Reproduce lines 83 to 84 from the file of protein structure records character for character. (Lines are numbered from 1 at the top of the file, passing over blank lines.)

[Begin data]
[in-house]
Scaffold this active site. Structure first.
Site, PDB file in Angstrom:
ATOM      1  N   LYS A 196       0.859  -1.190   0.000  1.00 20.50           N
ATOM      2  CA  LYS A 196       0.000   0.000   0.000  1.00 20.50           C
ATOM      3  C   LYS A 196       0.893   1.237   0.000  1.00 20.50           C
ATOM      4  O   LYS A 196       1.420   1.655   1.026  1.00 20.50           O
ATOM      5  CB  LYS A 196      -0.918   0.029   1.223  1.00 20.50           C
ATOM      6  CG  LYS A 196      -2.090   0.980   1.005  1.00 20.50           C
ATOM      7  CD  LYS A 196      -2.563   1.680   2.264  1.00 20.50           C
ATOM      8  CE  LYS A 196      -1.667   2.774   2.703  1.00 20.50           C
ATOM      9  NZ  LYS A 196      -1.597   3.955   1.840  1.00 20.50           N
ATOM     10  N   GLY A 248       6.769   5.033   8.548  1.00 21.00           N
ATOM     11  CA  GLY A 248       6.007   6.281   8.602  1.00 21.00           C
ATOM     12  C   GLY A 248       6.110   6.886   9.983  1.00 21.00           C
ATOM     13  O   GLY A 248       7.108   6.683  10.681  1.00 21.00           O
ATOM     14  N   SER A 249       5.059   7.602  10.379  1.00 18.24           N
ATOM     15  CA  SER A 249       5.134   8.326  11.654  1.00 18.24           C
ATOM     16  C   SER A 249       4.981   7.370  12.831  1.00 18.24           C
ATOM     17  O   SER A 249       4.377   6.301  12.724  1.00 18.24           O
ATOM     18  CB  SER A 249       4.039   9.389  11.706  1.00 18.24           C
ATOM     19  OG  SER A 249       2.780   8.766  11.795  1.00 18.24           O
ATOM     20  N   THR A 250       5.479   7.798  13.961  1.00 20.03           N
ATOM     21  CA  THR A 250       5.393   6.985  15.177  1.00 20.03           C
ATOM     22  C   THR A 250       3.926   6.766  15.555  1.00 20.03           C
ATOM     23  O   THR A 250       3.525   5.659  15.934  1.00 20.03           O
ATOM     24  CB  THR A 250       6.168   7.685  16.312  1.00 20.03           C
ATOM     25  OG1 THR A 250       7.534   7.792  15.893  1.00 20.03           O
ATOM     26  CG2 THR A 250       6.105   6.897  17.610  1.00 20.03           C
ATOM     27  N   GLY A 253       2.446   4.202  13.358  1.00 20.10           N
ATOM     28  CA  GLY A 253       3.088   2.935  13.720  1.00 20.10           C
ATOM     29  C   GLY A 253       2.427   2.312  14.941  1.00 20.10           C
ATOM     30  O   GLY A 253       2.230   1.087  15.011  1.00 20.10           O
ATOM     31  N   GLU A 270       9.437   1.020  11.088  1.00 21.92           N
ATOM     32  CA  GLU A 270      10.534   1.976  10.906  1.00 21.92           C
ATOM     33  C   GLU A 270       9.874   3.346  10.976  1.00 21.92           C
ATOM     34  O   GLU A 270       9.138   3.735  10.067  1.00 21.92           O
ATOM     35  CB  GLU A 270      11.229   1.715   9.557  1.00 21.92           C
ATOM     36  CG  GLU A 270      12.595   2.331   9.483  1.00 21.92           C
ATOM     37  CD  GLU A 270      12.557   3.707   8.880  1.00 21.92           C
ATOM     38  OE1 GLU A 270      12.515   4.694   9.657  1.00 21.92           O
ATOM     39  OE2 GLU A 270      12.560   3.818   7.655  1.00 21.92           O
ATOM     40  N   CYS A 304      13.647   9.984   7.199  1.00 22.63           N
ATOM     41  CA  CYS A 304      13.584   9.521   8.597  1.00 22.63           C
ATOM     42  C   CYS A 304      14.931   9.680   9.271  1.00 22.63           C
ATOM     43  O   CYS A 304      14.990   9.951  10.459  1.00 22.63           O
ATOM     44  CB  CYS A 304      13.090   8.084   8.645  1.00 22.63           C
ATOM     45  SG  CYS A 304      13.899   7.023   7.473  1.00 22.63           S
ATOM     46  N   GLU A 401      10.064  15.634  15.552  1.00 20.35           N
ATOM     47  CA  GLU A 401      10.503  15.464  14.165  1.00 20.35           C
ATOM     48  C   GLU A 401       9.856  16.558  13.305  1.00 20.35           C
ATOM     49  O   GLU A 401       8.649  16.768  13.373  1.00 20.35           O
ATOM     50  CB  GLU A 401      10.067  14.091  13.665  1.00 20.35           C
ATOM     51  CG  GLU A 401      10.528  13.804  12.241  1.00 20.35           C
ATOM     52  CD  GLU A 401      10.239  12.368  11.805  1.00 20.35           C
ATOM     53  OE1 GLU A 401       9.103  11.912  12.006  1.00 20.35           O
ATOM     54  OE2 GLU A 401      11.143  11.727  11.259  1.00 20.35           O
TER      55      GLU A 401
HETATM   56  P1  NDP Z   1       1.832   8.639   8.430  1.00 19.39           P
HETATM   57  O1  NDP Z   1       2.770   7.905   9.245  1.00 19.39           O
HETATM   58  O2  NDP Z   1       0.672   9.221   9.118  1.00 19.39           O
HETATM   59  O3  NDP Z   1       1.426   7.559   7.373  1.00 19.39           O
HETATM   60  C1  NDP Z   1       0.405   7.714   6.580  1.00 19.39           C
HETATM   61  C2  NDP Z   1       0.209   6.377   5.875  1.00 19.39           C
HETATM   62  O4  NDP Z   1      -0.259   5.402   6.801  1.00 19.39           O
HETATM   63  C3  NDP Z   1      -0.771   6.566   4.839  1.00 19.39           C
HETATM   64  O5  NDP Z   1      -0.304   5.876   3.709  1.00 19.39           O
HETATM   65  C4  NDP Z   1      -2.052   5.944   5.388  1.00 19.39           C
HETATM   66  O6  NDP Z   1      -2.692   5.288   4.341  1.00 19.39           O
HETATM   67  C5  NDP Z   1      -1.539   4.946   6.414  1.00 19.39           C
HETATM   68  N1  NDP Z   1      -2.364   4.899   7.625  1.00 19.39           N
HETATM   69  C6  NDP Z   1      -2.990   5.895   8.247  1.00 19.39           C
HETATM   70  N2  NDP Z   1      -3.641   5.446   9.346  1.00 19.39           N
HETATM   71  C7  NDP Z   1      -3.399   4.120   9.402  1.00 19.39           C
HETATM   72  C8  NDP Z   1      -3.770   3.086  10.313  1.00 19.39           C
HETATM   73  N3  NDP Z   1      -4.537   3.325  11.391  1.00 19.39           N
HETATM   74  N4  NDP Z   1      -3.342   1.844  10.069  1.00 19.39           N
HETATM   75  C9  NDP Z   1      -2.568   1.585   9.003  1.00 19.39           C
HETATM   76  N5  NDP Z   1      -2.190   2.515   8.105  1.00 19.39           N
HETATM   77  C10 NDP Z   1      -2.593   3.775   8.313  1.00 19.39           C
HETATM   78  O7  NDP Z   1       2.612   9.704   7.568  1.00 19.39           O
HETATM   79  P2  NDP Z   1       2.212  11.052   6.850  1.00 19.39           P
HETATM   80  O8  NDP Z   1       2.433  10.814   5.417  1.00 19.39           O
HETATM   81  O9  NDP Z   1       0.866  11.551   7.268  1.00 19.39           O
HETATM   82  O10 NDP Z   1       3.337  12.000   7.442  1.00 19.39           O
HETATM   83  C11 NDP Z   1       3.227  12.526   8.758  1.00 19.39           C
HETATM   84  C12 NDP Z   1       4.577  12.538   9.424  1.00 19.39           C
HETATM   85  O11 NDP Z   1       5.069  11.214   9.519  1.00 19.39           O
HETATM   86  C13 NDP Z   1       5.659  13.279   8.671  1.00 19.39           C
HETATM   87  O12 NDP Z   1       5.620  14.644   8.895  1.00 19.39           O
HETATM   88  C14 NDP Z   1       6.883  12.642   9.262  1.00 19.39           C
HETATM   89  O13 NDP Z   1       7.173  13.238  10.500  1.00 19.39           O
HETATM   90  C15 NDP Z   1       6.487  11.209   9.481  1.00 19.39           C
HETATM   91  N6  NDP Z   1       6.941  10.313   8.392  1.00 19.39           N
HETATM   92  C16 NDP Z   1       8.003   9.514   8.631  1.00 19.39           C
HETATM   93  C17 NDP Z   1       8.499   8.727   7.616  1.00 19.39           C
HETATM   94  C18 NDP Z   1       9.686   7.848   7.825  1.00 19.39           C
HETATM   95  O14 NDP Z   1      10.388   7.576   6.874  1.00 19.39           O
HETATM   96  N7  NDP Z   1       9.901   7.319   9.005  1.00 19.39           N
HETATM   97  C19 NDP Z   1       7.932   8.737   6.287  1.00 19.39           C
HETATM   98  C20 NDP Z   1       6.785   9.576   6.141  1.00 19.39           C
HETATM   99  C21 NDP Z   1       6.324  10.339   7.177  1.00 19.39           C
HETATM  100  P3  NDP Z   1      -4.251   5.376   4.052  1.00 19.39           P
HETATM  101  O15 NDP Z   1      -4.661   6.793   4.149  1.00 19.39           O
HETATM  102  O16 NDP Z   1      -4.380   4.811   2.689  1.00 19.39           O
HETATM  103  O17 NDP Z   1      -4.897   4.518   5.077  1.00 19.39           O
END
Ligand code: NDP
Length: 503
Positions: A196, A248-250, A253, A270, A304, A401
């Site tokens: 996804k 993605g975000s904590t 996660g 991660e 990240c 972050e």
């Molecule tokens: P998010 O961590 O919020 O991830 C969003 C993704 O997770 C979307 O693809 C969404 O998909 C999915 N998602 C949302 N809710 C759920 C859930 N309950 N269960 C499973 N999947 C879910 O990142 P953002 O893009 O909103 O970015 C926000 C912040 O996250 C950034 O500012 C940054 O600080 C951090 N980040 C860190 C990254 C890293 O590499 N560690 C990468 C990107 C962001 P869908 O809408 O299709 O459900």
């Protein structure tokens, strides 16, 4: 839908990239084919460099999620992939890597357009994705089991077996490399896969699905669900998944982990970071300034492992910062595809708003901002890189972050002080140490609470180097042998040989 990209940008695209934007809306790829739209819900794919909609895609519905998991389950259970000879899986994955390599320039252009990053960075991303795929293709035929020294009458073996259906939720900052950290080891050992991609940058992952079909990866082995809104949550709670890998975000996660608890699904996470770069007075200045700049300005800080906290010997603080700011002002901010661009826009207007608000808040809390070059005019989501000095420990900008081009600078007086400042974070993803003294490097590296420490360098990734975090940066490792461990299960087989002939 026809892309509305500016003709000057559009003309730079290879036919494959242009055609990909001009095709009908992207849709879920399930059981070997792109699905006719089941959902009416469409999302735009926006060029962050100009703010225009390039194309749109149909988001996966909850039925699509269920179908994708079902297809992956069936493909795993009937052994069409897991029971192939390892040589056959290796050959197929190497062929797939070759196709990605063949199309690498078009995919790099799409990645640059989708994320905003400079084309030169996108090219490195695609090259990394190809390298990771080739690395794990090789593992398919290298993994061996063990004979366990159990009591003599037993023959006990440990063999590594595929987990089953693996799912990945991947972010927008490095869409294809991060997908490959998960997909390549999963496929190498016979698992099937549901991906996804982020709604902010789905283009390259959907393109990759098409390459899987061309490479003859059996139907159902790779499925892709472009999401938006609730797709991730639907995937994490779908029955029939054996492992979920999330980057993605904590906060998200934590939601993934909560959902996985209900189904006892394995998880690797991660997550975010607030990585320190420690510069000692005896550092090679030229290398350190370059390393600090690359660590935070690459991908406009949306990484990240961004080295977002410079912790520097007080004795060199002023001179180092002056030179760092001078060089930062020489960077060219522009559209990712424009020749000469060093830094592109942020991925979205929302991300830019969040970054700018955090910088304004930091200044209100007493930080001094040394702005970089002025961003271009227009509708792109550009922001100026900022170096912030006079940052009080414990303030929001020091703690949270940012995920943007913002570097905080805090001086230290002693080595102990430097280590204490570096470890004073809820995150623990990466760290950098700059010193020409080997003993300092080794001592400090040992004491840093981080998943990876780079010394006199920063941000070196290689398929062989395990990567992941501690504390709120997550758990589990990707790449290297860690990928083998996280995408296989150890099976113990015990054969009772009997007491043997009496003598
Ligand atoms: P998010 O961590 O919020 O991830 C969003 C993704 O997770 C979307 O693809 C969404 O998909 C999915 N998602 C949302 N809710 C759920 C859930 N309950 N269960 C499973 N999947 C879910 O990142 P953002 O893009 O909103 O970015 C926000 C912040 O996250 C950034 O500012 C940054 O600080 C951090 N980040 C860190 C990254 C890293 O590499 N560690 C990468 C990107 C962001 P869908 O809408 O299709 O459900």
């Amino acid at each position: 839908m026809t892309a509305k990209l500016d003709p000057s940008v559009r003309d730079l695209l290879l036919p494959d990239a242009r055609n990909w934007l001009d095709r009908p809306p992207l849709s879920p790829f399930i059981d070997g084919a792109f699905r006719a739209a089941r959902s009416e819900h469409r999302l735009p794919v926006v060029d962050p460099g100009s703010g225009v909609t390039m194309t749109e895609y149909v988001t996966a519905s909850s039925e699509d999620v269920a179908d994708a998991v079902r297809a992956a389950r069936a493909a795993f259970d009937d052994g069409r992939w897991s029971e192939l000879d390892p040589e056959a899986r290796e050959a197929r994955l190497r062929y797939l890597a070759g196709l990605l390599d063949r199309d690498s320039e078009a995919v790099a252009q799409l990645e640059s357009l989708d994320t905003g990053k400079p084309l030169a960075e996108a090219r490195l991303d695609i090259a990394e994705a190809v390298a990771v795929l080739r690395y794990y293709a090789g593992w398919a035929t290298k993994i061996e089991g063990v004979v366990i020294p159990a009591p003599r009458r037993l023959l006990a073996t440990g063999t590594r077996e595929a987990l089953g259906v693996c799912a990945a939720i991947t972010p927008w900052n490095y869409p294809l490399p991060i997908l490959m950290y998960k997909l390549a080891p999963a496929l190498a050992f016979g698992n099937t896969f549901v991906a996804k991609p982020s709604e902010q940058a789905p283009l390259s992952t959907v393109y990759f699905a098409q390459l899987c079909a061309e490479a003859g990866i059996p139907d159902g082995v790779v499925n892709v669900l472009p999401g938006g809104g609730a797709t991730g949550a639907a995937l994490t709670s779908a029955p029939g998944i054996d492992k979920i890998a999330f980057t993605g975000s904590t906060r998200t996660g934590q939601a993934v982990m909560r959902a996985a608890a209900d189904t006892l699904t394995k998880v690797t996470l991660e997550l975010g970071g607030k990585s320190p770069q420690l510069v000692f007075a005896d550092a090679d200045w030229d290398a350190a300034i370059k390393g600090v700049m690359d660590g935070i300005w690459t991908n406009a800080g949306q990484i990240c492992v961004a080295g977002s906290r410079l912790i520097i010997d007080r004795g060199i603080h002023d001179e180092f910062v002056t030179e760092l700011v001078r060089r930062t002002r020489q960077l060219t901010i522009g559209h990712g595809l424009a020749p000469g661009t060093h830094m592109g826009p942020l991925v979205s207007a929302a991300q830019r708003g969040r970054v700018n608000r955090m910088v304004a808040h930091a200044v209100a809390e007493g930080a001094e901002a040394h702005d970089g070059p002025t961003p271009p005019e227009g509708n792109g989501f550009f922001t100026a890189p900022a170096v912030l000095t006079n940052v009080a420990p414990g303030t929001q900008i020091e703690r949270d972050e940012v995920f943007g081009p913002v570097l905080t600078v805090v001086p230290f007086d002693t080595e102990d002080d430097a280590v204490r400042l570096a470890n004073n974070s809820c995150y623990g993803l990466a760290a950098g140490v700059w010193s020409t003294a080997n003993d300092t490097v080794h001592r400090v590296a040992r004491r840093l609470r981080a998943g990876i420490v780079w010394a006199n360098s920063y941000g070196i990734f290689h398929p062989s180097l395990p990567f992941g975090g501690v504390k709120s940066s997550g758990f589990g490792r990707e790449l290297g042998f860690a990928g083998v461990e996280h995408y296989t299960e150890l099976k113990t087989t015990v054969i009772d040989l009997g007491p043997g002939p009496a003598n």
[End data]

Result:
HETATM   80  O8  NDP Z   1       2.433  10.814   5.417  1.00 19.39           O
HETATM   81  O9  NDP Z   1       0.866  11.551   7.268  1.00 19.39           O